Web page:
Another study found that patients receiving tazarotene foam 0.1% (Fabior, Stiefel/GSK) were clear/almost clear with 2-grade improvement, as well as lesion reduction at week 12.28
BENZOYL PEROXIDE: YOUR GRANDFATHER'S ACNE TREATMENT?
Benzoyl peroxide (BPO) has been a standby treatment for acne for so many years that a perception seems to have taken hold that it is outdated. The reality, however, is that BPO has a central role in acne treatment. In fact, it plays multiple roles, given the range of formulations available.
BPO is bactericidal against P. acnes that also has mild comedolytic action.11 It may be used alone or in combination with topical antibiotics to increase the effectiveness of topical antibiotics and reduce the development of resistance13,29; BPO is also used in combination with topical retinoids.2 Local side effects can occur, however, the use of lower concentration formulations may result in less irritation.13,29
BPO is available in various potencies, including 2.5%, 5%, and 10%. However, when it comes to the reduction of inflammatory lesions, twice-daily application of 2.5% may be all that's required. In one study comparing treatment with all three potencies, the 2.5% BPO gel reduced the anaerobic population by 97 percent after twice-daily treatments for one week and by 99 percent after two weeks.30
BPO has also been shown to be effective when combined with clindamycin phosphate. One study found statistically significant efficacy of clindamycin phosphate 1.2%-BPO 2.5% gel (Acanya, Medics/Valeant) over active ingredients and vehicle for inflammatory lesions, noninflammatory lesions, and total lesions.31 It has also demonstrated efficacy over clindamycin monotherapy by a significant margin.32
Although this combination has shown to be effective, antibiotic resistance has become an increasingly important topic to dermatologists. For example, the rapid increase in the number of patients with community-acquired MRSA skin and soft tissue infections (SSTIs) has been well documented. Dermatologists use a variety of antibiotics for patients with SSTIs, but resistance to antibiotics has been linked to wide-availability and over-prescribing of the drugs.
While the lay press has sensationalized the issue with reports of “flesh-eating bacteria,” antibiotic resistance is such a problem today that efforts have turned from treating to preventing infections. Thus, prudent antibiotic stewardship is an important element of dermatology practice.
Another common BPO combination is adapalene 0.1%- BPO 2.5% gel (Epiduo, Galderma). In one study, total P.acnes CFUs were reduced by 88.3 percent at two weeks and 96.9 percent at four weeks in patients receiving adapalene 0.1%-BPO 2.5% gel. All reductions in bacterial CFUs were statistically significant from baseline (P<.001).33
BPO washes have also shown some efficacy, particularly in the reduction of P acne counts. A poster presented during the 2007 Hawaii Dermatology Seminar assessed the effect of BPO 6% cleanser on P. acnes counts and antibiotic-resistant strains.34 In the study, patients used BPO 6% cleanser daily for three weeks under supervised conditions. All 30 patients had high-level erythromycin-resistant organisms and low- to high-level resistance to tetracycline, doxycycline, and minocycline. Results showed that the total P. acnes and resistant strains of erythromycin, tetracycline, doxycycline, and minocycline were reduced after one week of treatment; this pattern continued over three weeks.34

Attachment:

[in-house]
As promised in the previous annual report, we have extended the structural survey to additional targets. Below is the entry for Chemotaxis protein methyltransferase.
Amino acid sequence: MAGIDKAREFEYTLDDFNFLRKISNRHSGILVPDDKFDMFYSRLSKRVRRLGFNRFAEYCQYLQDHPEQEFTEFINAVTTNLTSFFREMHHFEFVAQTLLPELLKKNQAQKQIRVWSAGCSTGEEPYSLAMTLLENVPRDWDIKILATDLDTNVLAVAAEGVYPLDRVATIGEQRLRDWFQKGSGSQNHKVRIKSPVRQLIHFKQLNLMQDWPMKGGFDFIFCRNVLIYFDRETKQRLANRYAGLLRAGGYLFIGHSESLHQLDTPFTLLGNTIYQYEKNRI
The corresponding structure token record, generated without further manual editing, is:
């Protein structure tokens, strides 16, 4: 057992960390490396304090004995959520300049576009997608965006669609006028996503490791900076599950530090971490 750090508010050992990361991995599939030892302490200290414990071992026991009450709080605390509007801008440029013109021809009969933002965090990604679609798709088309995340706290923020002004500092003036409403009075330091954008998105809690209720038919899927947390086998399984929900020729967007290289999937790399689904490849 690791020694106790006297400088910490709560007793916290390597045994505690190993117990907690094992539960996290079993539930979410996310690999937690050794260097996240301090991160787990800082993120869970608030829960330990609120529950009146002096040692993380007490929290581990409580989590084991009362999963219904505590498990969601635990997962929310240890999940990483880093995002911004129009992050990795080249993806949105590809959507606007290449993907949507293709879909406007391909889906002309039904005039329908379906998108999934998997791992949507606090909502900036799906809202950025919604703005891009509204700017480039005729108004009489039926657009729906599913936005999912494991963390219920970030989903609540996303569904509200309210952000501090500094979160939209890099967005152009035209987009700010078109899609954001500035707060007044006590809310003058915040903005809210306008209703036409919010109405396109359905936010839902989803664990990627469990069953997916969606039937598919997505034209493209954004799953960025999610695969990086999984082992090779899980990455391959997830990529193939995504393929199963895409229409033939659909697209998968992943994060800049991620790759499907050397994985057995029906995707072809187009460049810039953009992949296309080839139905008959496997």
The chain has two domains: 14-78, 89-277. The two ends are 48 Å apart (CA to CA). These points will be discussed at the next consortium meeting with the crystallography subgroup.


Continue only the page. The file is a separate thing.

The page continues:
BPO cleansers, however, may not be as effective as we originally thought for acne on the trunk. One study which compared a BPO 8% cleanser with a 5.3% foam for 20-second contact and found that the cleanser did not reduce the P. acnes counts.35 Short contact BPO was evaluated in another study in which patients were treated once daily with BPO (9.8%) foam for two weeks, applied under supervision at the study center on weekdays and unsupervised at home over the weekends.36 The BPO (9.8%) foam was applied to non-moistened skin, massaged into the skin for 20 seconds, and left for two minutes before being rinsed off with water and wiped with a cloth. Results showed that BP 9.8% foam reduced P. acnes on the back when applied as a two-minute short contact therapy.
EDUCATION: THE MOST IMPORTANT THERAPEUTIC TOOL
Patients are constantly bombarded with messages that acne can clear overnight. In reality, though, it can take weeks and months to get acne under control. The available evidence suggests that the therapeutics tools available (including various retinoid and BPO formulations) are indeed effective, but it is important to impress upon patients that many regimens can take several months to achieve peak efficacy.
But arguably the most important aspect of boosting overall adherence is patient education. It's important to explain to the patient why a particular regimen was chosen; this emphasizes individualized benefits and encourages adherence.37 Patients should also be told that partial clinical improvement should be evident within four to six weeks of initiating or changing an acne regimen.37
I often tell my patients that treating acne is like treating weeds in a garden. Even if many lesions may clear, the body doesn't stop making acne. Therefore, it is important to treat the entire area of acne prone skin. This often takes several weeks or months of treatment. The better patients understand that, the more likely it is that they will take medications as directed and see the best outcomes.
Linda Stein Gold, MD is Director of Clinical Research and a Division Head in the Department of Dermatology at the Henry Ford Hospital in Detroit, MI.
- Gollnick H. Current concepts of the pathogenesis of acne: implications for drug treatment. Drugs. 2003;63:1579-1596.